Donegal farmers are planning to hold protests outside a number of local supermarkets due to plummeting prices for their animals.
It follows the first local protest by the IFA outside the ALDI supermarket in Letterkenny in which a number of trolleys were commandeered.
Henry Burns, the IFA National Livestock Chairman who led the protest, said despite meat plants and supermarkets making major profits from the product, farmers are now getting €200 less per animal compared with one year ago.
Mr. Burns said the current situation as regards beef prices being paid to farmers was ‘unsustainable’.
“We currently have a situation where farmers are receiving €3.50 per kilo for their cattle and yet the average price that consumers are paying in the supermarkets is around €9 per kilo. One of the biggest chunks of profit being taken out of this cycle is by the supermarkets who get the product presented to them, ready for sale over the counter,” Mr. Burns told the Tirconail Tribune.
On Friday evening surprised shoppers discovered the IFA protest had come to the Aldi Store on the Neil T Blaney Road as a group of IFA members and their tractors arrived to take the shopping trolleys and baskets ‘out of commission’ for the remainder of the night.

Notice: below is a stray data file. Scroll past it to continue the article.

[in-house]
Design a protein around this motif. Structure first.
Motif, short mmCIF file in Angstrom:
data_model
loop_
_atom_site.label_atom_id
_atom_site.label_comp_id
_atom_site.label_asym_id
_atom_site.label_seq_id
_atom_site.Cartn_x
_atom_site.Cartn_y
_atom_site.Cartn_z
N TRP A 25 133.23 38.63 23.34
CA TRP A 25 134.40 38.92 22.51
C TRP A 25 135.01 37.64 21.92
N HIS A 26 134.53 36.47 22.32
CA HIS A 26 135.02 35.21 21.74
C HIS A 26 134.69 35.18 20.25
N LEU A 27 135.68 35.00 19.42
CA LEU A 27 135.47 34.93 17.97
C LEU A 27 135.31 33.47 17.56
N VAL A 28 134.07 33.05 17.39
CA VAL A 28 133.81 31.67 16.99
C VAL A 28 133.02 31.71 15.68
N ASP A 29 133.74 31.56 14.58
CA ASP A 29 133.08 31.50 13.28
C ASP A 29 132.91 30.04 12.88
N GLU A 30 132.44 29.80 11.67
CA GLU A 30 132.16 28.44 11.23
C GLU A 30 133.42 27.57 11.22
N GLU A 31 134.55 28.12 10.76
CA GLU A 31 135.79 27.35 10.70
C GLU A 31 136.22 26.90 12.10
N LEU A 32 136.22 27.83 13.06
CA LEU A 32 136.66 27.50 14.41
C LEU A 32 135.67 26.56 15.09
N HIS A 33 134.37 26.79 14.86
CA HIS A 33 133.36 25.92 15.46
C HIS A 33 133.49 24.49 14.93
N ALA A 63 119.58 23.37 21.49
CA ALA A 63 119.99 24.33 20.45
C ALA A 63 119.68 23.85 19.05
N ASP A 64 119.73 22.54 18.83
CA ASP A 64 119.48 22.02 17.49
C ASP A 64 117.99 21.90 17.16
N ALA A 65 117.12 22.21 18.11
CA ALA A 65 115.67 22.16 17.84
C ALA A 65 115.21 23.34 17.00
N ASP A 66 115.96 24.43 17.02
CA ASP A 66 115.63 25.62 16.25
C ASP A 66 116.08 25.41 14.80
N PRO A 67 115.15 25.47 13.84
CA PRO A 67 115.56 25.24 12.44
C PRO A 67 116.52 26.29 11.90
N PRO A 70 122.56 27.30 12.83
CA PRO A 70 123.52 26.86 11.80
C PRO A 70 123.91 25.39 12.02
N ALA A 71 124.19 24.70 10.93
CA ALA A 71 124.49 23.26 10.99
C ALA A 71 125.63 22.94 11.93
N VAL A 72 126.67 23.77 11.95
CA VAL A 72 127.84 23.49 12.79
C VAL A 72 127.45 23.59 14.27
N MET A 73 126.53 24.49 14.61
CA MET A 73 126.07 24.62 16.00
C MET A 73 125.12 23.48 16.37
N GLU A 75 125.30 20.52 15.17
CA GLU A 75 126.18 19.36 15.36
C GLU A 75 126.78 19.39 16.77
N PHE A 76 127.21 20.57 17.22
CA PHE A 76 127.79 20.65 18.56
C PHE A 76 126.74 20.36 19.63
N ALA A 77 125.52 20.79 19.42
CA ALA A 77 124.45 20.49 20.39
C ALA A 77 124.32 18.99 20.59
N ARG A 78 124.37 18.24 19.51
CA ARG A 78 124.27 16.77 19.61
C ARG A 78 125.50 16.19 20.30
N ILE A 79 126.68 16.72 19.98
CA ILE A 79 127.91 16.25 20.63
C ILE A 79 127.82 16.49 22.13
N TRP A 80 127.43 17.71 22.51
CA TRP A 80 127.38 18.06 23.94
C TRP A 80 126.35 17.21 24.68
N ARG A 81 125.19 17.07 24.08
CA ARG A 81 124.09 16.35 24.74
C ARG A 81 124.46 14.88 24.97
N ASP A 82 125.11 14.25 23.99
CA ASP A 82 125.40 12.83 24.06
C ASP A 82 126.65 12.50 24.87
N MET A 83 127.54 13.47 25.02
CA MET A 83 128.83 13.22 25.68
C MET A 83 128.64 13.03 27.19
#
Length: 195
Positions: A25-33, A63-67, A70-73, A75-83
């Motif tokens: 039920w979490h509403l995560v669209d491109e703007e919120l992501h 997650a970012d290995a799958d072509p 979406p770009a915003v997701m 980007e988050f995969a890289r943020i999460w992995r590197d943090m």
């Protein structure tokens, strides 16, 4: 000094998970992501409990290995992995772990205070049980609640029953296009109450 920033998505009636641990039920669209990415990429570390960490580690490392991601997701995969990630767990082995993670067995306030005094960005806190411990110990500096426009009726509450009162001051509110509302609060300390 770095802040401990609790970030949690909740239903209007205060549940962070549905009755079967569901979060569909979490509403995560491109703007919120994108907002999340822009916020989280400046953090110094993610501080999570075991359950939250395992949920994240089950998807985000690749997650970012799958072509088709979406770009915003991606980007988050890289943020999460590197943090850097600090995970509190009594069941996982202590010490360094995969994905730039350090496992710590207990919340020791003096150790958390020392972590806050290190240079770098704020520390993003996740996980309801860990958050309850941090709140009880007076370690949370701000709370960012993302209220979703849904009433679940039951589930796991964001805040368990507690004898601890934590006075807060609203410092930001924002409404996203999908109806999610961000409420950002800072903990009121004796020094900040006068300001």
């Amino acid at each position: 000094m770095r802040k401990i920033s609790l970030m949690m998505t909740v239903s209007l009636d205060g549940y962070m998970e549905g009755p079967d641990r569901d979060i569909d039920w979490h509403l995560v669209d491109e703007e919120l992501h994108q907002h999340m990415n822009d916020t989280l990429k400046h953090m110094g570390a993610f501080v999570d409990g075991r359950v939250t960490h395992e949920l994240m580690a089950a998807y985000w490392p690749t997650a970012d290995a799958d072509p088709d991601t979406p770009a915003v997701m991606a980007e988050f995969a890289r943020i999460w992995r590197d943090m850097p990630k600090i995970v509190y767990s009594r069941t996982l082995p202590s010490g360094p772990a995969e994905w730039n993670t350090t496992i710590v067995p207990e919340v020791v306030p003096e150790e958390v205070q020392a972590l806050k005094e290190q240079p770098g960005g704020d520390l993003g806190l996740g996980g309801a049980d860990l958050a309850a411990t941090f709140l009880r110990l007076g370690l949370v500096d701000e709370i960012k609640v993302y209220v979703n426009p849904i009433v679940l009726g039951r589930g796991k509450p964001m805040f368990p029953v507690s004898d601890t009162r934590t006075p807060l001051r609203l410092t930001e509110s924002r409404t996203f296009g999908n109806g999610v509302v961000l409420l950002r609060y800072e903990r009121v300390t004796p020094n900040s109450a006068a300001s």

The group of forty farmers and five tractors launched the demonstration at the ALDI outlet despite a strong protest from management and the arrival of Gardai as observers.
P.J. McMonagle, Chairman of the Donegal IFA Executive, said they had received a very positive response from the public who had a very good understanding of where ‘the farmers were coming from’.
“Consumers do appreciate the quality of food being produced on Irish farms and they are conscious of the fact that, someone in the middle, is creaming off the profits,” said Mr. McMonagle.
There was strong support for the plight of farmers with the only complaint being the lack of trolleys for shopping!
IFA President, Eddie Downey warned all of the other major retailers including SuperValu, Dunnes, Tesco and LIDL that they too face protests at their stores.
He said the anger and frustration of farmers is at boiling point and the unjustified price and specification cuts, which are severely damaging farmers and the Irish beef sector, must be reversed.
Mr. Downey said Teagasc has confirmed that livestock farmers’ incomes were down by 13% to 22% last year, at extremely low levels from €9,469 to €15,595.
He said “With beef prices in our main markets in the UK and across the EU stable and recovering, the current attack on prices led by the factories cannot be justified.”